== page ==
- found in many parts of a plant
- energy/food store
- made up of chains of alpha-glucose
- insoluble - no water into cell by osmosis, doesn't easily diffuse out of cells
- compact so lots can be stored in small space
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- similar to strach but shorted chains and more highly branched
- carbohydate storage product of animals
- readily hydrolysed to alpha-glucose
- insoluble - no osmosis, doesn't easily diffuse out
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- made up of beta-glucose
- straight, unbranched chains
- hydrgogen bonds between chains
- lots of hydrogen bonds strengthen it
- component of plant cell walls
- prevents the cell bursting from osmosis
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Leaf Palisade Cell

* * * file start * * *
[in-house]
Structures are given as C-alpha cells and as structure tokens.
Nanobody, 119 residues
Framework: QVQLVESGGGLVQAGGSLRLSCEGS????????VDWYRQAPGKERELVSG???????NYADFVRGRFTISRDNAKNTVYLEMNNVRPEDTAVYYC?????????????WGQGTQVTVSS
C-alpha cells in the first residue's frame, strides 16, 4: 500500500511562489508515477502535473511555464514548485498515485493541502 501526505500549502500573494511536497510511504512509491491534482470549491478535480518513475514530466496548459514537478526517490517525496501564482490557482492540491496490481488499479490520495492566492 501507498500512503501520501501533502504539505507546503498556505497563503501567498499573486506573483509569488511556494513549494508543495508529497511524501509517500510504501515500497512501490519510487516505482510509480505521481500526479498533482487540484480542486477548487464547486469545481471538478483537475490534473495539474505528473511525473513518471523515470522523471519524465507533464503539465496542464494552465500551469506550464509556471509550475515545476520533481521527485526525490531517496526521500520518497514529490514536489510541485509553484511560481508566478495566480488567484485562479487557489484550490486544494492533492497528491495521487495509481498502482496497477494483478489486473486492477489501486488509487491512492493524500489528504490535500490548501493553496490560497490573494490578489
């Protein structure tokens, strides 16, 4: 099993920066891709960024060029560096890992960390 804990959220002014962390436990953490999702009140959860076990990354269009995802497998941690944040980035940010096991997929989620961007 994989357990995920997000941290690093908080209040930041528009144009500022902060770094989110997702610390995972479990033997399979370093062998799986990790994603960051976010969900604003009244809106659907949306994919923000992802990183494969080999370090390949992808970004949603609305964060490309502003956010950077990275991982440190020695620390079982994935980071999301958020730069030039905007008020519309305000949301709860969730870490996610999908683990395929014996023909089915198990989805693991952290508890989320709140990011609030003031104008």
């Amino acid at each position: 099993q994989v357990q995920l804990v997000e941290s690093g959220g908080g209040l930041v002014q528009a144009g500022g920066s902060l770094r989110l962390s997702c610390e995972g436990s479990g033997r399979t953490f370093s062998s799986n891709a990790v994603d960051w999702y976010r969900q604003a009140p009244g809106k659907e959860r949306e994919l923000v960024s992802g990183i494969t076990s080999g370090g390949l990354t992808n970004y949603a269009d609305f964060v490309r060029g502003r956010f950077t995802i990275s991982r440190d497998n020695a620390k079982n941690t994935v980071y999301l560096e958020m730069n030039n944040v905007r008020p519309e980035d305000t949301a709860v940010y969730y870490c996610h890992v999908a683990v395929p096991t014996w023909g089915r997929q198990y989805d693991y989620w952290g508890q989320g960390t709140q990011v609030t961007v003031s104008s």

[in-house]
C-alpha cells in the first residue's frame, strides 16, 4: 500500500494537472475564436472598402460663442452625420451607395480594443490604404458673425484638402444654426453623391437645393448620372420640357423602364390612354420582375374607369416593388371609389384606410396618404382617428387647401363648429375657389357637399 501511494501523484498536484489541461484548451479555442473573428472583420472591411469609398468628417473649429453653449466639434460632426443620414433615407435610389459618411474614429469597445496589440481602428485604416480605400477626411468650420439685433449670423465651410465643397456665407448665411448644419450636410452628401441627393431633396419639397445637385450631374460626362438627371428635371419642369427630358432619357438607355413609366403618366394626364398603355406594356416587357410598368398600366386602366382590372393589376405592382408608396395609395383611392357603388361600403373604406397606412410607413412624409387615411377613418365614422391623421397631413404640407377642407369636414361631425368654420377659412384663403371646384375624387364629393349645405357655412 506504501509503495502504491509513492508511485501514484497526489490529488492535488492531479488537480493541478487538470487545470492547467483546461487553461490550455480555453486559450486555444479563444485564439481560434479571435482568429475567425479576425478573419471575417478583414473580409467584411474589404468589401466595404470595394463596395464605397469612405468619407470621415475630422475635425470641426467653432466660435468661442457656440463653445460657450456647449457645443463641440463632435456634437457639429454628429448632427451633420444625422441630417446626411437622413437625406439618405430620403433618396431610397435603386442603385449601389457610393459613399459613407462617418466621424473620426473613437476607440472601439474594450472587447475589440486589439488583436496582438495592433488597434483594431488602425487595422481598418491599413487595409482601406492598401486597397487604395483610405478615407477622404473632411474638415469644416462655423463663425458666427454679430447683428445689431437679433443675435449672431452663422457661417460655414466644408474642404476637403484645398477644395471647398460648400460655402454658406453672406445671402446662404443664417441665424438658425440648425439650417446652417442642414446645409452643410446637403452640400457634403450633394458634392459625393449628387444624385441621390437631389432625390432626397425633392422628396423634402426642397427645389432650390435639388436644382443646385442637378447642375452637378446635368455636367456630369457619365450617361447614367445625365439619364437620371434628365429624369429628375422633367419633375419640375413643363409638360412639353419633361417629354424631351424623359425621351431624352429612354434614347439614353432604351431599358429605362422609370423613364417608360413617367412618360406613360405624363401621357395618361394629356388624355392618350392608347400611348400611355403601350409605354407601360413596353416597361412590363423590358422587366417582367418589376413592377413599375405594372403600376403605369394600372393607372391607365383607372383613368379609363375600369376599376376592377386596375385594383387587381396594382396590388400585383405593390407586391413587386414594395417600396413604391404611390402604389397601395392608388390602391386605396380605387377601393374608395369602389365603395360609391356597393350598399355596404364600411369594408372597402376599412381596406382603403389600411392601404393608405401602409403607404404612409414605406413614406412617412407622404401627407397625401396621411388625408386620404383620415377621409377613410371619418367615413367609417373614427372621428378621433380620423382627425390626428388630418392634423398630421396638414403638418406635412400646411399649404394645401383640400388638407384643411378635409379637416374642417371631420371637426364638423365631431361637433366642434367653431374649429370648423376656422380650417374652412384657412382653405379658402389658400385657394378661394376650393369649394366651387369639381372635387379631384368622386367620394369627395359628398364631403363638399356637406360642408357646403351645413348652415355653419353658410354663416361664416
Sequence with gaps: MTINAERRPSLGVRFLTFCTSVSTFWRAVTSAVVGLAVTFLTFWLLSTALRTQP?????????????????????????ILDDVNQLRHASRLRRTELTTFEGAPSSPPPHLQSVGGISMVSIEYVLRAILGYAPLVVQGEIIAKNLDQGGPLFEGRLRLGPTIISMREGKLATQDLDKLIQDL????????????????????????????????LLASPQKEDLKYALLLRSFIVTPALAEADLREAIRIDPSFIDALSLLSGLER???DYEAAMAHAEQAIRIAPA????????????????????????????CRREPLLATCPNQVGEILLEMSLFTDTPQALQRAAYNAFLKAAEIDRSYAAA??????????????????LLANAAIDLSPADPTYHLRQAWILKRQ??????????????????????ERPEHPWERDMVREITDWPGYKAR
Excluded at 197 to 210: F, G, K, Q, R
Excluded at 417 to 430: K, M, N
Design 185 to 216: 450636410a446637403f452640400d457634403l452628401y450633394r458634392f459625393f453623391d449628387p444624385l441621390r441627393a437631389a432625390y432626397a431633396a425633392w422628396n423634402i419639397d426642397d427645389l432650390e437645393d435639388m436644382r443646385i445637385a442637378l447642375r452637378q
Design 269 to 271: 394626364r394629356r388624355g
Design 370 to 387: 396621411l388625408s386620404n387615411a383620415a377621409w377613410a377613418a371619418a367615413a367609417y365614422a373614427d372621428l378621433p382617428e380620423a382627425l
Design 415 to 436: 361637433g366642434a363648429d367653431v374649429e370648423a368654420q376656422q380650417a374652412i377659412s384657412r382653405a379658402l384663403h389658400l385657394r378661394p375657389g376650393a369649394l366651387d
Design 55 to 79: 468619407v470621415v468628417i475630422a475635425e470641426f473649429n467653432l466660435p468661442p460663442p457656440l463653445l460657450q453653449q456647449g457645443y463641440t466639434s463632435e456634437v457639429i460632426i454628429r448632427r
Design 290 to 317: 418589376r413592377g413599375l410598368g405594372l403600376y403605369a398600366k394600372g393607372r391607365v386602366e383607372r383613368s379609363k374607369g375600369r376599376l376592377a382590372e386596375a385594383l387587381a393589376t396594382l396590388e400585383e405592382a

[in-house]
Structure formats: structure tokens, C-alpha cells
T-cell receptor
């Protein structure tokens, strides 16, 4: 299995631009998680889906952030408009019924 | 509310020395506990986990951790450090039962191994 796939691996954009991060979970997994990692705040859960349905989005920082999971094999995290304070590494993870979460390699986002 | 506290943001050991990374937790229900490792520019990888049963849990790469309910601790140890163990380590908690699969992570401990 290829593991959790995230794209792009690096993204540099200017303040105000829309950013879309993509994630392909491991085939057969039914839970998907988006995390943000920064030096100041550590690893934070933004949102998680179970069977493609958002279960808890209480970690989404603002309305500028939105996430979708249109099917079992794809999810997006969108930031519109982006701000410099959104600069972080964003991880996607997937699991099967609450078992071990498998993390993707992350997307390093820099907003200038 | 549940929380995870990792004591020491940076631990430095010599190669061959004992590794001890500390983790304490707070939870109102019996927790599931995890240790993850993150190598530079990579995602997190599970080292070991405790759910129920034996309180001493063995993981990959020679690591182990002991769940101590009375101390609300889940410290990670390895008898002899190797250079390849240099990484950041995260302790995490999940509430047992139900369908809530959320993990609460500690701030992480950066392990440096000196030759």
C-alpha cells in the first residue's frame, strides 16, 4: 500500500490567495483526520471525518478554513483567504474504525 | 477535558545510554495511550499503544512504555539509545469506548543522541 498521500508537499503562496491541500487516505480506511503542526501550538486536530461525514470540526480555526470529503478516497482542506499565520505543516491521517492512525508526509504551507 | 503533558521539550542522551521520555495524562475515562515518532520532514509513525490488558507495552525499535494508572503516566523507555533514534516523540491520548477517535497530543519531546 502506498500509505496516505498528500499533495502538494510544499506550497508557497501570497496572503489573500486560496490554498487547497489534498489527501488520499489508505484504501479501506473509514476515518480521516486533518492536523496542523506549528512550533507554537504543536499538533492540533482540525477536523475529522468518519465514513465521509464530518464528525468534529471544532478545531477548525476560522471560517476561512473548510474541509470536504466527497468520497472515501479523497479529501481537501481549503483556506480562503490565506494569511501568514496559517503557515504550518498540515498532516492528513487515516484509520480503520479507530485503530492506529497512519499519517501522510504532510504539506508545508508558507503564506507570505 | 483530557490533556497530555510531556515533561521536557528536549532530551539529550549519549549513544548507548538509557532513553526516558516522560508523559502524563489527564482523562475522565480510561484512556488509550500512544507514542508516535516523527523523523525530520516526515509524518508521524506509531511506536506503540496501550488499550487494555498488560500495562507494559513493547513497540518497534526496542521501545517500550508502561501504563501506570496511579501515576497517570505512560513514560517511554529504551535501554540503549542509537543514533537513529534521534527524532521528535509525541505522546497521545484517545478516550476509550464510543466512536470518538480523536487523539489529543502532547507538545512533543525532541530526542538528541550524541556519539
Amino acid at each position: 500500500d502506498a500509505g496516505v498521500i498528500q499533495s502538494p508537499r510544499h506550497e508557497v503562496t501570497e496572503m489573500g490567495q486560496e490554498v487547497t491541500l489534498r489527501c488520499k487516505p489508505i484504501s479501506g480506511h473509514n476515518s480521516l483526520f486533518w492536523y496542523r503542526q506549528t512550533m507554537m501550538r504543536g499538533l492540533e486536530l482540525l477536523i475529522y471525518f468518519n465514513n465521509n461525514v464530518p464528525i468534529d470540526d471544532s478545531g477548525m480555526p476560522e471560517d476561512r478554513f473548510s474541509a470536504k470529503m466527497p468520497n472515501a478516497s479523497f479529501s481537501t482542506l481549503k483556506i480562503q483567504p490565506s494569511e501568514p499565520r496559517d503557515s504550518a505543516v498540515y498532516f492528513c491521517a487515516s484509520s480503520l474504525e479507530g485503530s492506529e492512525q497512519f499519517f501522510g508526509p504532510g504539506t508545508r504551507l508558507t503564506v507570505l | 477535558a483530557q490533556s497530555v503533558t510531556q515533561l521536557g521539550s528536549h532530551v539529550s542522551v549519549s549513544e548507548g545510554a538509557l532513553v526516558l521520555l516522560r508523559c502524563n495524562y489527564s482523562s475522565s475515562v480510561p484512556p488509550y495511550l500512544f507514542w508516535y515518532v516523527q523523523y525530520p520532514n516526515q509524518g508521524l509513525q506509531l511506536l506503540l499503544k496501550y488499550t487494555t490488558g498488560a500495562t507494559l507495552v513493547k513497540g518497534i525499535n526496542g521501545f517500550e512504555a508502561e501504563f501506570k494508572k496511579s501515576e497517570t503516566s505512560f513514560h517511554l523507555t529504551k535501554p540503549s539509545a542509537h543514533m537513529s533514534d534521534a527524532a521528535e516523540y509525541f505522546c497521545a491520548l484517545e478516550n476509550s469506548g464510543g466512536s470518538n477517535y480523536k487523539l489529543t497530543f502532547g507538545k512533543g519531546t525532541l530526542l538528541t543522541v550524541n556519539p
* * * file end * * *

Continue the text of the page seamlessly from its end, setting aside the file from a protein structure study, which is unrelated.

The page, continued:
This carries out photosynthesis and it's main features suit this function.
- long, thin cells to absorb sunlight
- numerous chloroplasts to collect maxiumum amount of light
- large vacuole that pushes the cytoplasm and chloroplasts to the edge of the cell.
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- Chloroplast envelope - surrounds organelle and selective on what enters and leaves.
- Grana - stacks of thylakoids. These contain chlorophyll.
- Stroma - fluid-filled matrix.
Chloroplasts are adapted to their funtion of harvesting sunlight by:
- granal membranes provide large surface area for attached of chlorophyll, electron carriers and enzymes.
- fluid of the stroma possesses all the enzymes needed for photosynthesis.
- contain DNA and ribosomes so they can quickly manufacture proteins needed for photosynthesis.
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- consist of polysaccharides (e.g. cellulose).
- thin layer (middle lamella) which marks the boundary between adjacent cell walls and cements adjacent cells together.
- provide mechanical strength to prevent it from bursting via osmosis.
- to allow water to pass along it.
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